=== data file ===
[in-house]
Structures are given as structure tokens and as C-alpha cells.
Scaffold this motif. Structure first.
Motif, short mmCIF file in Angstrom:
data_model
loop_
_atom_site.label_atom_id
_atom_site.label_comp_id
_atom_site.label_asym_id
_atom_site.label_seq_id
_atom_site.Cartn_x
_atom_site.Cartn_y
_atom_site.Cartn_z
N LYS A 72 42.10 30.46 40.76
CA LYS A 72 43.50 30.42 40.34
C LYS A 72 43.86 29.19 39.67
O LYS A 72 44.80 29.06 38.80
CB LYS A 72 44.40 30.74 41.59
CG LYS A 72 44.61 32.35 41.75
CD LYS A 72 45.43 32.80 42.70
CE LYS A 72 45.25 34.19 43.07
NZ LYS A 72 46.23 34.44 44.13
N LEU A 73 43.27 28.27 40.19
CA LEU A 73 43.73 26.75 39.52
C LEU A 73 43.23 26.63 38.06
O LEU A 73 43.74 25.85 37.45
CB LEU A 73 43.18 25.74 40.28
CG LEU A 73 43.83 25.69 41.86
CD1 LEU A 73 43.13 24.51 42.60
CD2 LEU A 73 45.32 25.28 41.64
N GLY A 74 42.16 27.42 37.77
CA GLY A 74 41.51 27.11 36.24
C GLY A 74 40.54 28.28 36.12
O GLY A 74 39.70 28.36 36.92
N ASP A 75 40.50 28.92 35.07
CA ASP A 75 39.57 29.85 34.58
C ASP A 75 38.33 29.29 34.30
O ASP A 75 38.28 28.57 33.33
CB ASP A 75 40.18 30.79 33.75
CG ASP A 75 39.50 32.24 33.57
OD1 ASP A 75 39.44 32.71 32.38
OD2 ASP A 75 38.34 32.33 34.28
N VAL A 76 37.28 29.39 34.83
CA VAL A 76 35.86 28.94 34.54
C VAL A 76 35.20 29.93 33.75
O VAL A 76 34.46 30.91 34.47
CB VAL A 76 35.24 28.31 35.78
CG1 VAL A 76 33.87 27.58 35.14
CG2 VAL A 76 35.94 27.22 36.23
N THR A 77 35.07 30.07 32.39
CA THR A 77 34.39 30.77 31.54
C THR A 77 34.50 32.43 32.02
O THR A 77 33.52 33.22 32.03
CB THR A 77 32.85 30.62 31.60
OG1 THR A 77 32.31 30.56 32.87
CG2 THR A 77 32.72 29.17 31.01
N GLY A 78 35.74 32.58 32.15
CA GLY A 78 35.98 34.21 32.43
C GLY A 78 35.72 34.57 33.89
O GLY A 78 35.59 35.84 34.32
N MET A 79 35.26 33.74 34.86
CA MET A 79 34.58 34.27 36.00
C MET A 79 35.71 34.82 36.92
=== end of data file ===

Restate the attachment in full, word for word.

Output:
[in-house]
Structures are given as structure tokens and as C-alpha cells.
Scaffold this motif. Structure first.
Motif, short mmCIF file in Angstrom:
data_model
loop_
_atom_site.label_atom_id
_atom_site.label_comp_id
_atom_site.label_asym_id
_atom_site.label_seq_id
_atom_site.Cartn_x
_atom_site.Cartn_y
_atom_site.Cartn_z
N LYS A 72 42.10 30.46 40.76
CA LYS A 72 43.50 30.42 40.34
C LYS A 72 43.86 29.19 39.67
O LYS A 72 44.80 29.06 38.80
CB LYS A 72 44.40 30.74 41.59
CG LYS A 72 44.61 32.35 41.75
CD LYS A 72 45.43 32.80 42.70
CE LYS A 72 45.25 34.19 43.07
NZ LYS A 72 46.23 34.44 44.13
N LEU A 73 43.27 28.27 40.19
CA LEU A 73 43.73 26.75 39.52
C LEU A 73 43.23 26.63 38.06
O LEU A 73 43.74 25.85 37.45
CB LEU A 73 43.18 25.74 40.28
CG LEU A 73 43.83 25.69 41.86
CD1 LEU A 73 43.13 24.51 42.60
CD2 LEU A 73 45.32 25.28 41.64
N GLY A 74 42.16 27.42 37.77
CA GLY A 74 41.51 27.11 36.24
C GLY A 74 40.54 28.28 36.12
O GLY A 74 39.70 28.36 36.92
N ASP A 75 40.50 28.92 35.07
CA ASP A 75 39.57 29.85 34.58
C ASP A 75 38.33 29.29 34.30
O ASP A 75 38.28 28.57 33.33
CB ASP A 75 40.18 30.79 33.75
CG ASP A 75 39.50 32.24 33.57
OD1 ASP A 75 39.44 32.71 32.38
OD2 ASP A 75 38.34 32.33 34.28
N VAL A 76 37.28 29.39 34.83
CA VAL A 76 35.86 28.94 34.54
C VAL A 76 35.20 29.93 33.75
O VAL A 76 34.46 30.91 34.47
CB VAL A 76 35.24 28.31 35.78
CG1 VAL A 76 33.87 27.58 35.14
CG2 VAL A 76 35.94 27.22 36.23
N THR A 77 35.07 30.07 32.39
CA THR A 77 34.39 30.77 31.54
C THR A 77 34.50 32.43 32.02
O THR A 77 33.52 33.22 32.03
CB THR A 77 32.85 30.62 31.60
OG1 THR A 77 32.31 30.56 32.87
CG2 THR A 77 32.72 29.17 31.01
N GLY A 78 35.74 32.58 32.15
CA GLY A 78 35.98 34.21 32.43
C GLY A 78 35.72 34.57 33.89
O GLY A 78 35.59 35.84 34.32
N MET A 79 35.26 33.74 34.86
CA MET A 79 34.58 34.27 36.00
C MET A 79 35.71 34.82 36.92